Secondhand smoke tied to kids’ behavior problems

Source: Reuters

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Children exposed to secondhand smoke at home may be more likely than their peers to have learning and behavioral problems, according to a new study.

Researchers found that of more than 55,000 U.S. children younger than 12 years, six percent lived with a smoker. And those kids were more likely to have attention-deficit hyperactivity disorder (ADHD), a learning disability or “conduct disorder” than children in smoke-free homes.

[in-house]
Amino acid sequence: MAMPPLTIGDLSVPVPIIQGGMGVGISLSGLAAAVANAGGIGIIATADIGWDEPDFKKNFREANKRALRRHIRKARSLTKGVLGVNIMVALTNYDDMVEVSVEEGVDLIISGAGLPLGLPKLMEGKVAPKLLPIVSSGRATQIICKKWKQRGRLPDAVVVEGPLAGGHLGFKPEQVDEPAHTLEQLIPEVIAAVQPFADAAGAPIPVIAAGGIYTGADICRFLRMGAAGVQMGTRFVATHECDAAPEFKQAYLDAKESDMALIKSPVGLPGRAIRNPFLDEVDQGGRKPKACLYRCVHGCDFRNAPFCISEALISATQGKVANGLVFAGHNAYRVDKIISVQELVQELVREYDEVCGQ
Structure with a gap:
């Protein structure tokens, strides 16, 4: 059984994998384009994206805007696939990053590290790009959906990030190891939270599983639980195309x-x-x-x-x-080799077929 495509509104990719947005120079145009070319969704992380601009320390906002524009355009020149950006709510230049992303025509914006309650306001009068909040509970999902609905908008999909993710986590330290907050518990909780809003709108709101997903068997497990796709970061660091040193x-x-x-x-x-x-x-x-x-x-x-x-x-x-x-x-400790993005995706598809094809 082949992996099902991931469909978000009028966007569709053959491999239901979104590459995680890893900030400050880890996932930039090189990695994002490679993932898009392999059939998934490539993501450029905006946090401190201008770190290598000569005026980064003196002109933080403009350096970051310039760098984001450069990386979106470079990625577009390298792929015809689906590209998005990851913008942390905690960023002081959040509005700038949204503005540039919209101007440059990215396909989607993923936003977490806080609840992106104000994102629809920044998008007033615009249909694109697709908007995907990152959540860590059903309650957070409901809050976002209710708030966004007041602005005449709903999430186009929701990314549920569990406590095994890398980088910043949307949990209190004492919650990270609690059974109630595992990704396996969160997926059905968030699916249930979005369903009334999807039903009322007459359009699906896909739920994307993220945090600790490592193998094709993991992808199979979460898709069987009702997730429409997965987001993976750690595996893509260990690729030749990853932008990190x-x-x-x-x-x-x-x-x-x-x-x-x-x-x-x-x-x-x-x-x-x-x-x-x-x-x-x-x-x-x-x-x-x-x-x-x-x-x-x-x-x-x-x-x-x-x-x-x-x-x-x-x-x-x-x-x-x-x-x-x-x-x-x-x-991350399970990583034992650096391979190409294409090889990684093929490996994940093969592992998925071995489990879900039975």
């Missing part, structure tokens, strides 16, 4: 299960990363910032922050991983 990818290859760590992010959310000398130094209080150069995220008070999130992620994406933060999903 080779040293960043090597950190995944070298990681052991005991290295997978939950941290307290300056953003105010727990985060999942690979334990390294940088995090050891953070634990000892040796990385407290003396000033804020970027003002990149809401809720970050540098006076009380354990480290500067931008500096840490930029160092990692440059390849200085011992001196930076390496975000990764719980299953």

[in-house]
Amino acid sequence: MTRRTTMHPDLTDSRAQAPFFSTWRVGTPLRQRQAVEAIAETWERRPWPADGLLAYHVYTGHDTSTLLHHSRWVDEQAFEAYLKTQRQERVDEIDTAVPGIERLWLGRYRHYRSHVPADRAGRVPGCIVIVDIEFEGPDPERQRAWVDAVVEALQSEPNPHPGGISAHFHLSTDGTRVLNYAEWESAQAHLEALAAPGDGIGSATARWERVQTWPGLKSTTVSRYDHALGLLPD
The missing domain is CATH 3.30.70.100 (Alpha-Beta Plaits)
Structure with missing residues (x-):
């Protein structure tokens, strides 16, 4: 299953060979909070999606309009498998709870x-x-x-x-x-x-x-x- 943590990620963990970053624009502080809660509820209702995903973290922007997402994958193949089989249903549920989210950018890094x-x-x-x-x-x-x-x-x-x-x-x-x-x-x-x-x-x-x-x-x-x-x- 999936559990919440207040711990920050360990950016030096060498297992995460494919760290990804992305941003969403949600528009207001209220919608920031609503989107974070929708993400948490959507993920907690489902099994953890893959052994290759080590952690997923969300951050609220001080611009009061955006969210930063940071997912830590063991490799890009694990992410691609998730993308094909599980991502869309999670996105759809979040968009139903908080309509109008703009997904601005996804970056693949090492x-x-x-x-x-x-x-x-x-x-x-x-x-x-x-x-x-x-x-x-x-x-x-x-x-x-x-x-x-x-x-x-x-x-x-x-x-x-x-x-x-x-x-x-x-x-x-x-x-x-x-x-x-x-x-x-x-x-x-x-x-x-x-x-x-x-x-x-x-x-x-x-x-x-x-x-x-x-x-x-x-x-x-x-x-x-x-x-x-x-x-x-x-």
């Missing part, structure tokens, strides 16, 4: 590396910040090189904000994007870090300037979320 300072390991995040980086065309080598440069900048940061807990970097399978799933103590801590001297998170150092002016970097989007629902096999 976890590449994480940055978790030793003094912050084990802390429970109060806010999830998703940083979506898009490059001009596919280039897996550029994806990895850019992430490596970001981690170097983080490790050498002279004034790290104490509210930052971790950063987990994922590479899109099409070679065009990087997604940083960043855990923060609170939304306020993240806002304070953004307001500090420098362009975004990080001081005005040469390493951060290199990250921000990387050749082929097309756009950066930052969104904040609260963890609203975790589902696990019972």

Even after accounting for a number of possible explanations — like parents’ incomes and education levels — secondhand smoke was still tied to a higher risk of behavioral problems, said Hillel R. Alpert of the Harvard School of Public Health, one of the researchers on the work.

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